While B2B prospects are generally not buying on impulse , they do have personal motivations.
For example, the fear of making the wrong decision, the level of confidence in the proposed solution (will it work? Is this the best value for money option? Will the vendor still be in business by the time the product or service is delivered?) The level of trust established in the seller’s people is also an important consideration (and when selling professional services, the main consideration).
While different to consumer marketing there exist very real emotional motivators in the B2B world. Consequently, frivolous advertising claims have less credibility in b2b selling and a higher level of due diligence takes place on the buyer’s side to ensure that the vendor has the capacity and capability to deliver. But of critical importance is the old selling maxim “sell yourself first, your company second and your product last” – which is another way of saying that the vendor’s sales team need to come across as credible.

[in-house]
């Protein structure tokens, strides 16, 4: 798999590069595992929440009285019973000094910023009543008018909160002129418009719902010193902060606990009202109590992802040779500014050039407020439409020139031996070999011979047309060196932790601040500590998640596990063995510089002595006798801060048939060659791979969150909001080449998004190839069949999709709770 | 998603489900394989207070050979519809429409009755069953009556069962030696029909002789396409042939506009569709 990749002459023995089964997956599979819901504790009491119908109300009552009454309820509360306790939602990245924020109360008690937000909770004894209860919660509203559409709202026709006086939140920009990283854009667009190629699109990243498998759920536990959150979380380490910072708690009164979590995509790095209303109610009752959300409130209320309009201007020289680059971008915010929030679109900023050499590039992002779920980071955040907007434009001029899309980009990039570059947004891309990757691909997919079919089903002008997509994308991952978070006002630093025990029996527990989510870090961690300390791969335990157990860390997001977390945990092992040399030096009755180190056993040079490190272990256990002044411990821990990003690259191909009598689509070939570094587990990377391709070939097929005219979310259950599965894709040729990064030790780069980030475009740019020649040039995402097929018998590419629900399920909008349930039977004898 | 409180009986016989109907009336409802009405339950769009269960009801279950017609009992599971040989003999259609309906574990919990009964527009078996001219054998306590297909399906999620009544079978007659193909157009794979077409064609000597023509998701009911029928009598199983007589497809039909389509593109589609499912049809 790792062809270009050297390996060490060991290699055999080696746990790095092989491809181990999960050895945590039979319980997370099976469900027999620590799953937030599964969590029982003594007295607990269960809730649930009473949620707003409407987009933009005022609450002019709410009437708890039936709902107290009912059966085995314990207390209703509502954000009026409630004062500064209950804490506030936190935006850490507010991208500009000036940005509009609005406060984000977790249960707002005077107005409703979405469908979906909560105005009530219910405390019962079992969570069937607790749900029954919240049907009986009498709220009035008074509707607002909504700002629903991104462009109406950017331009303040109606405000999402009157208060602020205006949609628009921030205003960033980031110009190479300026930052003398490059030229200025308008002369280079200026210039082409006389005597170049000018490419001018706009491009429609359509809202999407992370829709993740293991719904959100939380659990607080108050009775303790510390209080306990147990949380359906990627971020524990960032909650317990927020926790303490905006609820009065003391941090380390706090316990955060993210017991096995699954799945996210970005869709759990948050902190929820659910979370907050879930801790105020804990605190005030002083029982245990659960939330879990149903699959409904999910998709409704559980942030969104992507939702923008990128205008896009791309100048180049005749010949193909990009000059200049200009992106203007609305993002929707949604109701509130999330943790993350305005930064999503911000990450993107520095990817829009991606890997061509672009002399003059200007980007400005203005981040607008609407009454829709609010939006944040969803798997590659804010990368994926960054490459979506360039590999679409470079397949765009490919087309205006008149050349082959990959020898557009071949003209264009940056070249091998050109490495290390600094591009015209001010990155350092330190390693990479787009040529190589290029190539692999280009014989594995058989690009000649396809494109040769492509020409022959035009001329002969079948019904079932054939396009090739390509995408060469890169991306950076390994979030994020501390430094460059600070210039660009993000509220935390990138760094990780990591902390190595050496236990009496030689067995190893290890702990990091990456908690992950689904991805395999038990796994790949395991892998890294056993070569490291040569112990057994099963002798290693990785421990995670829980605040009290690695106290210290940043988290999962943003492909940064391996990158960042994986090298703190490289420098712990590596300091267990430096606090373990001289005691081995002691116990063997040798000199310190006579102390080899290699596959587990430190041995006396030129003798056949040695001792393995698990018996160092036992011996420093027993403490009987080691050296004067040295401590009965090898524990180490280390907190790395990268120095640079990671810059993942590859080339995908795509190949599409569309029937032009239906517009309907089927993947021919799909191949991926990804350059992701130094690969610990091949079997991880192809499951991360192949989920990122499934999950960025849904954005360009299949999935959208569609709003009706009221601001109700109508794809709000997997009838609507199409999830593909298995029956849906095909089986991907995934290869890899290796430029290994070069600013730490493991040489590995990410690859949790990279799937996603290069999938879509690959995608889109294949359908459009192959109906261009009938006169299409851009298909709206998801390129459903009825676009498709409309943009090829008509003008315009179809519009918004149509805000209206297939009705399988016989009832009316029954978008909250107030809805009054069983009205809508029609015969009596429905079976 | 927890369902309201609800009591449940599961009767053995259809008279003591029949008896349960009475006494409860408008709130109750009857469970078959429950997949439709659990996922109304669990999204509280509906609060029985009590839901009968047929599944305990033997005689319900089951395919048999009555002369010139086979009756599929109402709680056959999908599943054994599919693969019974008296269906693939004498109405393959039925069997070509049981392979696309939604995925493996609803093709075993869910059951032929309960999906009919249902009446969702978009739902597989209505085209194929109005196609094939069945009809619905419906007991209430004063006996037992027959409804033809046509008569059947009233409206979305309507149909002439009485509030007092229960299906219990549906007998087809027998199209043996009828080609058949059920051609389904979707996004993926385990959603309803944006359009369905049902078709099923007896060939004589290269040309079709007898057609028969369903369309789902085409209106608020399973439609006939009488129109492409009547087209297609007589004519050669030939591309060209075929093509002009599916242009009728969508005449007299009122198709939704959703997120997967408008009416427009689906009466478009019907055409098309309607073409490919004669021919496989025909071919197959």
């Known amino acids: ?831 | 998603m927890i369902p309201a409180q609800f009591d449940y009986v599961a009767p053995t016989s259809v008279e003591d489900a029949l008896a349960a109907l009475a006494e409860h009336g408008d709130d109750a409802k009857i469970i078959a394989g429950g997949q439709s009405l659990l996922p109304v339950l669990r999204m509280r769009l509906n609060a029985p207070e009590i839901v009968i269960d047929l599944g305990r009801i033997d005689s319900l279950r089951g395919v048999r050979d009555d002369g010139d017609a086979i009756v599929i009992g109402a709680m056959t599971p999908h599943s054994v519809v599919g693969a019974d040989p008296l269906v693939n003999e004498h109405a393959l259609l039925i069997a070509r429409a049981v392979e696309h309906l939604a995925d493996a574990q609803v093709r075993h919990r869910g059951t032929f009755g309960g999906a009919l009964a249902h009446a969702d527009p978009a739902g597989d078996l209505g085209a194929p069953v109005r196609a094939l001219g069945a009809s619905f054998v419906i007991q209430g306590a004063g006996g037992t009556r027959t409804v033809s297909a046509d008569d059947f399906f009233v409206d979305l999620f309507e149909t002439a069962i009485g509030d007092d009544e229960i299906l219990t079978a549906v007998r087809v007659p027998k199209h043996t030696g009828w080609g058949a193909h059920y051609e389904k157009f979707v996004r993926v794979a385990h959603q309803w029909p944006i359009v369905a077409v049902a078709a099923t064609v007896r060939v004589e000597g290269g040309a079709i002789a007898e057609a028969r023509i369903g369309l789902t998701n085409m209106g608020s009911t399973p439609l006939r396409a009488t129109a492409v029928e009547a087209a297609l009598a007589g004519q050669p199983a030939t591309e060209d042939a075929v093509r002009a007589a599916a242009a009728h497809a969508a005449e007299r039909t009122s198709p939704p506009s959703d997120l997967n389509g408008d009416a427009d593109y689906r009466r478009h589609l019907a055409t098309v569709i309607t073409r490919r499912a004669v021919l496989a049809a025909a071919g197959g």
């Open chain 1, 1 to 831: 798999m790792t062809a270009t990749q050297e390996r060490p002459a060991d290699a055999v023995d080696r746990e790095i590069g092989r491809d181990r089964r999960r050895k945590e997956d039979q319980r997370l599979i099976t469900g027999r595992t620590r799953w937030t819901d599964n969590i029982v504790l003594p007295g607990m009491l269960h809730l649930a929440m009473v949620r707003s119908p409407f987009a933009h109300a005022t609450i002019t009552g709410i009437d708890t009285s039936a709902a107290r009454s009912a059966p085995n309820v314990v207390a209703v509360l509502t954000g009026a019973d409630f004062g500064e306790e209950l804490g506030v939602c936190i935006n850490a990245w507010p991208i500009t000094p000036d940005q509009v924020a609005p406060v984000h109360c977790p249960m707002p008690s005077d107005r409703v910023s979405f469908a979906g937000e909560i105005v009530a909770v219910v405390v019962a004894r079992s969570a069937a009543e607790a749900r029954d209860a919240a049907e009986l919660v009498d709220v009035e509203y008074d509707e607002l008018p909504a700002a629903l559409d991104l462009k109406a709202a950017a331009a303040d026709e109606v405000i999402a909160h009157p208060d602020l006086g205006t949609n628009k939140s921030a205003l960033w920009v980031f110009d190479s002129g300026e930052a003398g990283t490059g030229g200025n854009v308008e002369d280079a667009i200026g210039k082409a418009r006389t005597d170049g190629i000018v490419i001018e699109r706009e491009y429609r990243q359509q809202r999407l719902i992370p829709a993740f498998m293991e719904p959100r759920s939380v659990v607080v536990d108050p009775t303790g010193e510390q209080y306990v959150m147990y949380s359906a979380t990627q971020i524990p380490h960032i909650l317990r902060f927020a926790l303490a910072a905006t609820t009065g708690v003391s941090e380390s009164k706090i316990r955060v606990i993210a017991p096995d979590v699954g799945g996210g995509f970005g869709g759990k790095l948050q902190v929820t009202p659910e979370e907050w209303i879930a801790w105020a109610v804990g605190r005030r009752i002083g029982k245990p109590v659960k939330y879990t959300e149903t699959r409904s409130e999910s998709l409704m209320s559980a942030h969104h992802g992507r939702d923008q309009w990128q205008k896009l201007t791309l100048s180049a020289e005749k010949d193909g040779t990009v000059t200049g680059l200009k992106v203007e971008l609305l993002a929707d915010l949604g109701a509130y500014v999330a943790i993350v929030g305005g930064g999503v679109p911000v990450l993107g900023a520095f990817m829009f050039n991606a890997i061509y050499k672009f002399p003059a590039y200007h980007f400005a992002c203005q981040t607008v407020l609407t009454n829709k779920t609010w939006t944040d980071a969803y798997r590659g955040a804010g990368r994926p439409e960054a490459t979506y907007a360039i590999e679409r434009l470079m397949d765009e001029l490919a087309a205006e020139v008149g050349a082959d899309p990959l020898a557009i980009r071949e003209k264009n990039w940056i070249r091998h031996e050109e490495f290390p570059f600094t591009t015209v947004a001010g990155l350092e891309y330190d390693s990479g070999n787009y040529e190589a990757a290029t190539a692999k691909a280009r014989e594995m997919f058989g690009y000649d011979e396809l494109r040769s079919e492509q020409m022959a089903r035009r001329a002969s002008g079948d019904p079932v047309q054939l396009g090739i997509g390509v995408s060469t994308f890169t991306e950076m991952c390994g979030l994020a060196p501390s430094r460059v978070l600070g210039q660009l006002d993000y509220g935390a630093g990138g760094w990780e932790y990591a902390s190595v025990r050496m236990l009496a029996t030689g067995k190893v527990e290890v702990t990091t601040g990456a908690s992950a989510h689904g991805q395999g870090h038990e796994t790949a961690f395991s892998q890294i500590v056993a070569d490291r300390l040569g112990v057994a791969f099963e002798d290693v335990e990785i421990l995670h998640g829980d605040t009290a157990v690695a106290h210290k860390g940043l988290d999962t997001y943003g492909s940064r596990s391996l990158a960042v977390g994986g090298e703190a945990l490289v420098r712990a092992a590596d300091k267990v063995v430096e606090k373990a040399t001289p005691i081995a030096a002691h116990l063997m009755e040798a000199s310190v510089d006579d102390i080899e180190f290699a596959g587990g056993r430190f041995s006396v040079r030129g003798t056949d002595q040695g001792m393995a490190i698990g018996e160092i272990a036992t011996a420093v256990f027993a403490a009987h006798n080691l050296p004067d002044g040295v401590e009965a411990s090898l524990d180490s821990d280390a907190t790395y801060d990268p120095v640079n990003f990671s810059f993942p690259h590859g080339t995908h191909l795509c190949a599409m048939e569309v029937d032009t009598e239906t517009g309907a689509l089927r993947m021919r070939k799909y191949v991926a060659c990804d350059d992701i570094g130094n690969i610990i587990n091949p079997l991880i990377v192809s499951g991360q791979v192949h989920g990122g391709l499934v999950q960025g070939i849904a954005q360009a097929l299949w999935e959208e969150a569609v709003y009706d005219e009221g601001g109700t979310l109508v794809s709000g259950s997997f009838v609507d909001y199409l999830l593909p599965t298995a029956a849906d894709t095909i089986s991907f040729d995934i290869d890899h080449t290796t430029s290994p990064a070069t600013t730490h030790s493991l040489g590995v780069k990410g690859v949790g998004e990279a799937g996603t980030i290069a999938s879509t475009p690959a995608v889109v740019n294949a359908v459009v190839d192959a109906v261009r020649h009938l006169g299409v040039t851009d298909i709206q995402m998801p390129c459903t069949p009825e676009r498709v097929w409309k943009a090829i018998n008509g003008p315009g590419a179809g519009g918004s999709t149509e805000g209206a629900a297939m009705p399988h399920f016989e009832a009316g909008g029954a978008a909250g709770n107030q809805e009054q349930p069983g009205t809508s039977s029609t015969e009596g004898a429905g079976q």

But, don’t be mislead into believing that all business-to-business transactions are always logical.
Occasionally (for example) internal power struggles take place between individuals or departments and battles of wills and egos results in the purchasing decision being based on who has the strongest personality rather than what is right.
Some people will take it personally if the purchasing option that they have been advocating and promoting is not selected; they will see it as a slap in the face, a loss of credibility, and a blow to their career aspirations. Things can get silly.